Most people think of carpet as being a fairly modern innovation, something that became popular post-World War II. While it’s true that wall-to-wall carpet has only been accessible to the general public since the mid-twentieth century, rugs have been prized possessions for thousands of years, and wall-to-wall carpeting goes back to Victorian England.
First, there were hand-woven rugs
It’s not hard to imagine a Roman villa or a European castle with rugs on the floor. People have always wanted to have a warm, soft surface to walk on in their homes. In past centuries and millennia, you might think that carpet would have been very impractical. After all, city streets were filthy and horses were the main form of transport. But, think about human nature a little bit. Fine rugs, and later, wall to wall carpets, were status symbols precisely because they were hard to keep clean.
This was especially true in sixteenth through nineteenth century England and France. With their chilly weather and their stone buildings, northern European countries were the perfect places for soft, warm floor coverings. What a luxury! If you were rich, you didn’t have to walk in the mud and the servants kept the rugs clean. Large rugs were produced by companies in the UK and France and you had to be pretty well off to afford them.
Then, mechanical looms were invented
By the seventeenth century, mechanical looms were being used to weave rugs. These looms were not powered; the operators provided the muscle. However, they could be set up to weave in complex patterns with a fair degree of efficiency. In the late eighteenth century, England began weaving rugs in earnest, and ornate patterns from the ancient world and Asia were prized.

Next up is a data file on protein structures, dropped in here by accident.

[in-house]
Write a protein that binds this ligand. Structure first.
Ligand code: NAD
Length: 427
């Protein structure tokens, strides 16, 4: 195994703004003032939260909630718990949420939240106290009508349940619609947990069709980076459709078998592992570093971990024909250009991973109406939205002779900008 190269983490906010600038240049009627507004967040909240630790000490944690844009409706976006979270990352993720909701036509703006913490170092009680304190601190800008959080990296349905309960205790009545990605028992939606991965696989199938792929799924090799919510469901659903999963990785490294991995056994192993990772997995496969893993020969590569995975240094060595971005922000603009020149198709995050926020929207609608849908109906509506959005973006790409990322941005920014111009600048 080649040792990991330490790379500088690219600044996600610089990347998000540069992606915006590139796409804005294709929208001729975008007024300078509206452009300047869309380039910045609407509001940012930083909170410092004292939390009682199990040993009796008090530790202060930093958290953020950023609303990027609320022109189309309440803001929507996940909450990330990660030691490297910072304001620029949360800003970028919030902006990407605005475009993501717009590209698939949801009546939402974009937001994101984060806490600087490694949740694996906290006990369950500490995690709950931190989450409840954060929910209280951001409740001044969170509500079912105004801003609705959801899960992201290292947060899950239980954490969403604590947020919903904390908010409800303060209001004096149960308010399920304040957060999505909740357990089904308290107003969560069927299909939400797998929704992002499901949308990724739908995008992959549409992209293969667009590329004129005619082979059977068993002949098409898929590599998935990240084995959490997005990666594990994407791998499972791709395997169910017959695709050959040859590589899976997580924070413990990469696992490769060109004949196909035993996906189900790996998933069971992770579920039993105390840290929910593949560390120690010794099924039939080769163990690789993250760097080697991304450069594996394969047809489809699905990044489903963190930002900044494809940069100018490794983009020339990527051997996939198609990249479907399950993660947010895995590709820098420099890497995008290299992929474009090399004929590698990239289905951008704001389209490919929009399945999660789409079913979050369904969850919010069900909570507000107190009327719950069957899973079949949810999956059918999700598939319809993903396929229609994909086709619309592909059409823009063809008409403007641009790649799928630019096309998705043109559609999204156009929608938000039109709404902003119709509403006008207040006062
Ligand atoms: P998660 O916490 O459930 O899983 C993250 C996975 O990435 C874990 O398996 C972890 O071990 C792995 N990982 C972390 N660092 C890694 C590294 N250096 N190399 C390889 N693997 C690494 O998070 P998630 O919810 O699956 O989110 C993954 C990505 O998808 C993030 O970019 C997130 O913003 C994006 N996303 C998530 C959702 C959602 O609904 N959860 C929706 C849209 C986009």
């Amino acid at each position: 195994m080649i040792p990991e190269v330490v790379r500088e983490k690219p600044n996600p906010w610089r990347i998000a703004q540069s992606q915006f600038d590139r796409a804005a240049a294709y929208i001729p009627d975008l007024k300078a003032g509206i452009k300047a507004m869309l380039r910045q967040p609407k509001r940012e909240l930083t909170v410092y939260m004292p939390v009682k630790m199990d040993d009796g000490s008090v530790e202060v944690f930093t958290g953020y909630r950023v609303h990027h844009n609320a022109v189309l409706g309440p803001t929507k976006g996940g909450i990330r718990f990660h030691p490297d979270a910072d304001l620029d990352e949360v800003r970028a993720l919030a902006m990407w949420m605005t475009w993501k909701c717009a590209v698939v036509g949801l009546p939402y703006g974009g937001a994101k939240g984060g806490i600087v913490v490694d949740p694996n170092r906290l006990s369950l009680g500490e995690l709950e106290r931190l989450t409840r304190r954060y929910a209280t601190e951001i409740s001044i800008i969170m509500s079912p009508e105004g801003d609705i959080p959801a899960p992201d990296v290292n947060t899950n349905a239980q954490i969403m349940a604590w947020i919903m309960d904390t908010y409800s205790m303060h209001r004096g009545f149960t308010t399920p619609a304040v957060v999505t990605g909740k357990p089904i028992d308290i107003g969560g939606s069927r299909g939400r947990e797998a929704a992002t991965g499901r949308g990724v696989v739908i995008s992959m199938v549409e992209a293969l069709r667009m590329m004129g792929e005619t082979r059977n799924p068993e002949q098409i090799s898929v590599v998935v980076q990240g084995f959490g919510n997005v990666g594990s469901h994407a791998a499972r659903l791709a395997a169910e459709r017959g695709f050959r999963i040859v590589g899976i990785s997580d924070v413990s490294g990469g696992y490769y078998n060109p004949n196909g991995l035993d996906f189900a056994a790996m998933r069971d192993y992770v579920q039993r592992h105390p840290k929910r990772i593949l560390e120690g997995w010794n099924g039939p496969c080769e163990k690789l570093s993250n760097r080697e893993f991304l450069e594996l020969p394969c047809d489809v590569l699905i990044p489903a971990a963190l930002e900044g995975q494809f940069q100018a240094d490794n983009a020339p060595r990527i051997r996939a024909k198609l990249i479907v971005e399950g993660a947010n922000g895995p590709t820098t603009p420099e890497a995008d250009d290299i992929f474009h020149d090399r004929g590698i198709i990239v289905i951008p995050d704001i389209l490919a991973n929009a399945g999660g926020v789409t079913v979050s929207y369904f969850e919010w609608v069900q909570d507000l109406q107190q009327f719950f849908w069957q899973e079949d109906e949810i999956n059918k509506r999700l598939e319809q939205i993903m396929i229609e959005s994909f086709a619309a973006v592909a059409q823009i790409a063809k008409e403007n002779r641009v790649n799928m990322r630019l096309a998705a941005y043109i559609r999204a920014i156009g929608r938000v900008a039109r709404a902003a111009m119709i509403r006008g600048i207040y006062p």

Power looms made carpet more accessible than ever
During the nineteenth century, the power loom was invented and perfected. Rather than being operated by hand, this type of loom was fully automatic, powered by steam or by waterwheel. At the same time, a series of advances in the weaving industry made large rugs easier to produce, and soon they were being sewn together to create wall to wall carpets. By the early twentieth century, large rugs and wall-to-wall carpets were beginning to appear in middle class houses and flats, in pubs and in hotels. The invention of the powered mechanical broadloom had made them accessible to a much broader swath of society.
Since large rugs and carpets had been accessible only to the elite for so long, they became very popular as they went down in price through the twentieth century. New manufacturing techniques were developed and cheap, high performance fibres came into use. Before long, anyone who wanted carpet could have carpet. This is still true, and it’s especially true when you shop for carpet bargains at Fowles retail store and auctions.